Activist & Writer Grace Paley Dies At 84

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Poet and short story writer Grace Paley, a literary eminence and old-fashioned rebel who described herself as a "combative pacifist," has died. She was 84.

Paley, who had battled breast cancer, died Wednesday at her home in Thetford Hill, Vt., according to her husband, playwright Robert Nichols.

"She was a great writer," said Jonathan Galassi, president of Farrar Straus & Giroux, which is about to publish a book of new Paley poetry. "Her sense of the vernacular of the particular world she came from was just wonderful. She was able to capture the humor and pathos in a certain New York voice."

A published writer since the 1950s, Paley released only a handful of books over the next half century, mostly short stories and poems. Among her story collections were "Enormous Changes at the Last Minute," 1974, and "Later the Same Day," 1985.

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Writing was a passion, but not a compulsion: She never felt the need to put every experience into words. Her fiction, although highly praised, competed for time with work, activism, family and friends.

"None of it happened, and yet every word of it is true," she once said of her fiction. "It's truth embedded in the lie."

Paley, a longtime New Yorker, moved to Vermont in 1988 after having spent summers there. She was named state poet laureate in early 2003. "Artists are known for challenging convention," Gov. Jim Douglas said at the time. "Great artists like Grace Paley do that and more."

In many ways, Paley wasn't a typical American writer. Her characters did not suffer "identity crises." Instead of living on the road, they stayed home, in Greenwich Village. They discussed politics, dared to take sides and belonged to clubs anxious to have them as members.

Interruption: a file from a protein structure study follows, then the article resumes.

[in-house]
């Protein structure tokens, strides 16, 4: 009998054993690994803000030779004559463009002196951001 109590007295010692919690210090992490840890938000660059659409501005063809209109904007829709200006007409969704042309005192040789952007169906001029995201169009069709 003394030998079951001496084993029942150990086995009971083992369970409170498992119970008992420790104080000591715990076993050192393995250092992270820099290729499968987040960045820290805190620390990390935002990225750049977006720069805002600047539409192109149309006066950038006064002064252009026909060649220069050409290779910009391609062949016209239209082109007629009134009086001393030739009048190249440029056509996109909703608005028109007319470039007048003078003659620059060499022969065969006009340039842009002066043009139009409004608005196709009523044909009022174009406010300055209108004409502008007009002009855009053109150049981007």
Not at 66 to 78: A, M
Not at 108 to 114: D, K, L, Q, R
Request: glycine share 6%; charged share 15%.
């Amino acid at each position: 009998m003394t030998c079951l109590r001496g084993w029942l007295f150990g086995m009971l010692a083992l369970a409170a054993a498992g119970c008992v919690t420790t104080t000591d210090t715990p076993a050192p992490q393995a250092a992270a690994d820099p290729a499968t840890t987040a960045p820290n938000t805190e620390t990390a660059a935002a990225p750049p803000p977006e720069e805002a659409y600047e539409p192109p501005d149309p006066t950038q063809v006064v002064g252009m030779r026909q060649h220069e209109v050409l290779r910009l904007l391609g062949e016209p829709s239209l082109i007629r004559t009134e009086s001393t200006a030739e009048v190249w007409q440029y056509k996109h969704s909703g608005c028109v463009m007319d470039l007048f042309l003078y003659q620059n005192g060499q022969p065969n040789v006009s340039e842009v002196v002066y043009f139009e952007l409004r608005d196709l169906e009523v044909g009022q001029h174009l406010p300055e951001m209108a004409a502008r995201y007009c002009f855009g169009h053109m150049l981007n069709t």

"People talk of alienation and so forth," she said in a 1994 interview with The Associated Press. "I don't feel that. I feel angry at certain things, but I don't feel alienated from it. I feel disgusted with it, or mad, but I don't feel I'm not in it."

She was a child of immigrants who seemed to embody a more intimate time, the kind of person strangers at readings would call by her first name. Short and heavyset, she had a round, open face, a warm smile and a friendly disarray of hair.

Her voice was small and surprisingly girlish, with every thought seeming to occur to the speaker only at the moment she expressed it.

Born Grace Goodside in New York in 1922, she was one of three children of Russian Jews. Her family spoke English, Russian and Yiddish, but politics proved the universal language. Her parents had opposed the czar in Russia and were supporters of the New Deal. The bitterest neighborhood feuds were not among drug dealers, but between Trotskyites and Stalinists.